Roland Emmerich, the director of the upcoming adaptation of Isaac Asimov’s classic Foundation series, has expressed an interest in using 3D technology pioneered by James Cameron for his take on the material.
SciFiNow had the opportunity to speak exclusively to Emmerich at a recent press event for 2012, his latest science-fiction disaster film that hits cinemas in November of this year. As well as discussing his latest property, we also asked him about Foundation, a project near and dear to the heart of science-fiction fans everywhere, and the director revealed that although the studio would like the project underway as soon as possible, he wants to wait and see what happens with a few upcoming high-profile releases before committing to what form the film will take.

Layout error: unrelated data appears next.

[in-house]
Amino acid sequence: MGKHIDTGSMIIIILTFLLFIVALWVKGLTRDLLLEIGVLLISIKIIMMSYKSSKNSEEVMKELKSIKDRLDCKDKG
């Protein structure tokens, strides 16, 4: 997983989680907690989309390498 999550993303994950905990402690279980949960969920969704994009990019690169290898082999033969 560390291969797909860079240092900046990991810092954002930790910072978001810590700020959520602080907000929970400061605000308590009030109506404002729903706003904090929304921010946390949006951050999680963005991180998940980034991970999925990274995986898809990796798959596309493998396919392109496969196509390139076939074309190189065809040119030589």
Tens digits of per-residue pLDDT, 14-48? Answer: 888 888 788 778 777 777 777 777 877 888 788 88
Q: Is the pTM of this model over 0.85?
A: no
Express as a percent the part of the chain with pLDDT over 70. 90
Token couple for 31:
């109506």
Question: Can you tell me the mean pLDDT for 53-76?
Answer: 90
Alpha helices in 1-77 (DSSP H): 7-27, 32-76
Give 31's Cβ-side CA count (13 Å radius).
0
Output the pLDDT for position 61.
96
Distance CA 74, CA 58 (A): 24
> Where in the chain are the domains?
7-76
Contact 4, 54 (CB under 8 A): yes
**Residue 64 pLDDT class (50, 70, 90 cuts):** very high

“Well, Sony Pictures, which is the studio, want to have this as soon as possible,” Emmerich told us on a recent Friday evening in central London. “It’s a very big and ambitious project. I actually wanted to wait for Avatar, to see if the [3D] technology is already far advanced enough.” The German-born director isn’t the only one who is keen to see the results of the much-hyped outing for Cameron, who recently held a global event named ‘Avatar Day’ to screen 15 minutes worth of selected scenes to the public and press alike. Emmerich didn’t attend. Cameron, however, isn’t the only one who is investing in 3D. Ridley Scott’s adaptation of The Forever War by Joe Haldeman (analysed in depth in the Library section of this month’s issue) will also reportedly be in 3D, and Emmerich is just as, if not more, excited to see what the venerable director will do with the technology as well, even if he remains reserved. “Yeah, he’s doing The Forever War, which I always wanted to do, so it’s a little bit tricky for how you make something like that. I’m also really interested to see if Ridley Scott can solve the problem that 3D doesn’t look very good, for me at least,” he said in a typically candid moment. “It’s not quite there yet, it’s always too bland, it looks too far [in perspective], there’s no atmosphere, and I know that Ridley will be more innovative when it comes to the look of the film than James Cameron will be, because he’s more into the camera angles, and he’ll know how to use the 3D effect.”
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